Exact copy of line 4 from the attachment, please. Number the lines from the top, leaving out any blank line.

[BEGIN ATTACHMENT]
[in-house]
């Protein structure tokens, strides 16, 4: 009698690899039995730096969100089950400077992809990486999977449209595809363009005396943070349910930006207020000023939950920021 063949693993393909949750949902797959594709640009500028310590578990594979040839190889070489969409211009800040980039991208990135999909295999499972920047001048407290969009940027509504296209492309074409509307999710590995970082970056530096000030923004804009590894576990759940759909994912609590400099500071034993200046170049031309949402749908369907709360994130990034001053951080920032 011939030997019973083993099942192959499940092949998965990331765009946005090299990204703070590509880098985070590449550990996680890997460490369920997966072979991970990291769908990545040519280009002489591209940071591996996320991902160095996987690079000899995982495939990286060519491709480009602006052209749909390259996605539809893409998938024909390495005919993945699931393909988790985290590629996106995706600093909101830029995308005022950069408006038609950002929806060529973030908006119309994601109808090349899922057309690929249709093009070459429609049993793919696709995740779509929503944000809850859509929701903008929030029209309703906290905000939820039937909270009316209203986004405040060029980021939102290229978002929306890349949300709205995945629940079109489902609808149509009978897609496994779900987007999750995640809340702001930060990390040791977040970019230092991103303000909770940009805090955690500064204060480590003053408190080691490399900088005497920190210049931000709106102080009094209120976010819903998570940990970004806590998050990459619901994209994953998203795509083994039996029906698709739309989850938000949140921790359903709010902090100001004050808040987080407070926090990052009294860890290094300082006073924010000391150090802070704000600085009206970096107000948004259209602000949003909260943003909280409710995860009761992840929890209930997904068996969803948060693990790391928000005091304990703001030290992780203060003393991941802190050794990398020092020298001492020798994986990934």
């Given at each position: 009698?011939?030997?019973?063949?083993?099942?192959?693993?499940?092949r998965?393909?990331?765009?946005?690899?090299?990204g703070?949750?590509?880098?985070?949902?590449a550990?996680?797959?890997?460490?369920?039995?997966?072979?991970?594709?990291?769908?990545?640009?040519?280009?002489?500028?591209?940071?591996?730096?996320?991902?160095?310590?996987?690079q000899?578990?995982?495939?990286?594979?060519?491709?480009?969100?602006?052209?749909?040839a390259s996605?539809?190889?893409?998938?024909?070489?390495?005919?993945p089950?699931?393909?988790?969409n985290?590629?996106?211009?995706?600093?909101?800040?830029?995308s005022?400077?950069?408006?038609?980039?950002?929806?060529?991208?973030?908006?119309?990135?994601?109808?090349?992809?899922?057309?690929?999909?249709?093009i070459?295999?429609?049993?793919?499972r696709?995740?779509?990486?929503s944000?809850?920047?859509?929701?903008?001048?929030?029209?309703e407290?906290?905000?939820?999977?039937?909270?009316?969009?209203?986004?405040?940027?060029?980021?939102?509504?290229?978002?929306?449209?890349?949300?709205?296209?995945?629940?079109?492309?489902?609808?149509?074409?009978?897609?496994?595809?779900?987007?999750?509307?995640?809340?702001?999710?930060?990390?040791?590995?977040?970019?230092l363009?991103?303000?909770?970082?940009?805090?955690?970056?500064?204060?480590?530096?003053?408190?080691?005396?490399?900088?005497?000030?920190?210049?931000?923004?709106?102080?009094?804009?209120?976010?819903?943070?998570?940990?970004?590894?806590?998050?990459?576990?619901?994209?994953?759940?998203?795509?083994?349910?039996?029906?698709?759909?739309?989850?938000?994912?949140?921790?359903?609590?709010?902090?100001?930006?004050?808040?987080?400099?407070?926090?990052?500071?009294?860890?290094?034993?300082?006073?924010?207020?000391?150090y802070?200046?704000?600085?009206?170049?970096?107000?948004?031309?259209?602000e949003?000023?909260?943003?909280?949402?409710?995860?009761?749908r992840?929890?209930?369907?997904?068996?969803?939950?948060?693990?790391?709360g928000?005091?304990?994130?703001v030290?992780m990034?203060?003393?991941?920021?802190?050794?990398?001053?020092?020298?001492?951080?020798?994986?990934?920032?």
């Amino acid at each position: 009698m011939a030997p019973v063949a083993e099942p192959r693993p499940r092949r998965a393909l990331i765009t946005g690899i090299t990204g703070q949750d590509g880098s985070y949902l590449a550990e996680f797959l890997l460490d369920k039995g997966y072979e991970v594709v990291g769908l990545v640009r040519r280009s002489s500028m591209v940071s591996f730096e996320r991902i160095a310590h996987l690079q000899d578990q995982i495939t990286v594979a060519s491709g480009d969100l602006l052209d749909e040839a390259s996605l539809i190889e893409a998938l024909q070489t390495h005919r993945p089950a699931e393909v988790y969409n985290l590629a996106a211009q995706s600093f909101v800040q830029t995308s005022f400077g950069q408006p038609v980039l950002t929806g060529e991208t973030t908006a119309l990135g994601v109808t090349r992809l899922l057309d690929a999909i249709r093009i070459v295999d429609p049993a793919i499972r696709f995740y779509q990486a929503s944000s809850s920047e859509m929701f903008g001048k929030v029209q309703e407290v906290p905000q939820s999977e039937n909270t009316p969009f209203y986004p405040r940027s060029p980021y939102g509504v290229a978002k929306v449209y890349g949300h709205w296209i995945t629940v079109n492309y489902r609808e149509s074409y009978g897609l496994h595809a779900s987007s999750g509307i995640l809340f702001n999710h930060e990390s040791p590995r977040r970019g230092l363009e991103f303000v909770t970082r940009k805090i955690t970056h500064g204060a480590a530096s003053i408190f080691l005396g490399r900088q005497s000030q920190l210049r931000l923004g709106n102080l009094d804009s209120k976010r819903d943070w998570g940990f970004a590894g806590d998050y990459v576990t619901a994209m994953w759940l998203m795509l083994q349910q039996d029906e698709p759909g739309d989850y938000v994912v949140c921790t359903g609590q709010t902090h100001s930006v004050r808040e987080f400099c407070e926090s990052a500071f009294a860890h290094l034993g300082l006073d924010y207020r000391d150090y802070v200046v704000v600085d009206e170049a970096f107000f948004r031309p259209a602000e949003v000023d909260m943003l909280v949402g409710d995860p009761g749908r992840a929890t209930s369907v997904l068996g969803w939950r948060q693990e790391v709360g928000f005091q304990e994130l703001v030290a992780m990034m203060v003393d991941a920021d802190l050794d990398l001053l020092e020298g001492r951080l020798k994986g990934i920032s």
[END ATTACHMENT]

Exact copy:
């Amino acid at each position: 009698m011939a030997p019973v063949a083993e099942p192959r693993p499940r092949r998965a393909l990331i765009t946005g690899i090299t990204g703070q949750d590509g880098s985070y949902l590449a550990e996680f797959l890997l460490d369920k039995g997966y072979e991970v594709v990291g769908l990545v640009r040519r280009s002489s500028m591209v940071s591996f730096e996320r991902i160095a310590h996987l690079q000899d578990q995982i495939t990286v594979a060519s491709g480009d969100l602006l052209d749909e040839a390259s996605l539809i190889e893409a998938l024909q070489t390495h005919r993945p089950a699931e393909v988790y969409n985290l590629a996106a211009q995706s600093f909101v800040q830029t995308s005022f400077g950069q408006p038609v980039l950002t929806g060529e991208t973030t908006a119309l990135g994601v109808t090349r992809l899922l057309d690929a999909i249709r093009i070459v295999d429609p049993a793919i499972r696709f995740y779509q990486a929503s944000s809850s920047e859509m929701f903008g001048k929030v029209q309703e407290v906290p905000q939820s999977e039937n909270t009316p969009f209203y986004p405040r940027s060029p980021y939102g509504v290229a978002k929306v449209y890349g949300h709205w296209i995945t629940v079109n492309y489902r609808e149509s074409y009978g897609l496994h595809a779900s987007s999750g509307i995640l809340f702001n999710h930060e990390s040791p590995r977040r970019g230092l363009e991103f303000v909770t970082r940009k805090i955690t970056h500064g204060a480590a530096s003053i408190f080691l005396g490399r900088q005497s000030q920190l210049r931000l923004g709106n102080l009094d804009s209120k976010r819903d943070w998570g940990f970004a590894g806590d998050y990459v576990t619901a994209m994953w759940l998203m795509l083994q349910q039996d029906e698709p759909g739309d989850y938000v994912v949140c921790t359903g609590q709010t902090h100001s930006v004050r808040e987080f400099c407070e926090s990052a500071f009294a860890h290094l034993g300082l006073d924010y207020r000391d150090y802070v200046v704000v600085d009206e170049a970096f107000f948004r031309p259209a602000e949003v000023d909260m943003l909280v949402g409710d995860p009761g749908r992840a929890t209930s369907v997904l068996g969803w939950r948060q693990e790391v709360g928000f005091q304990e994130l703001v030290a992780m990034m203060v003393d991941a920021d802190l050794d990398l001053l020092e020298g001492r951080l020798k994986g990934i920032s």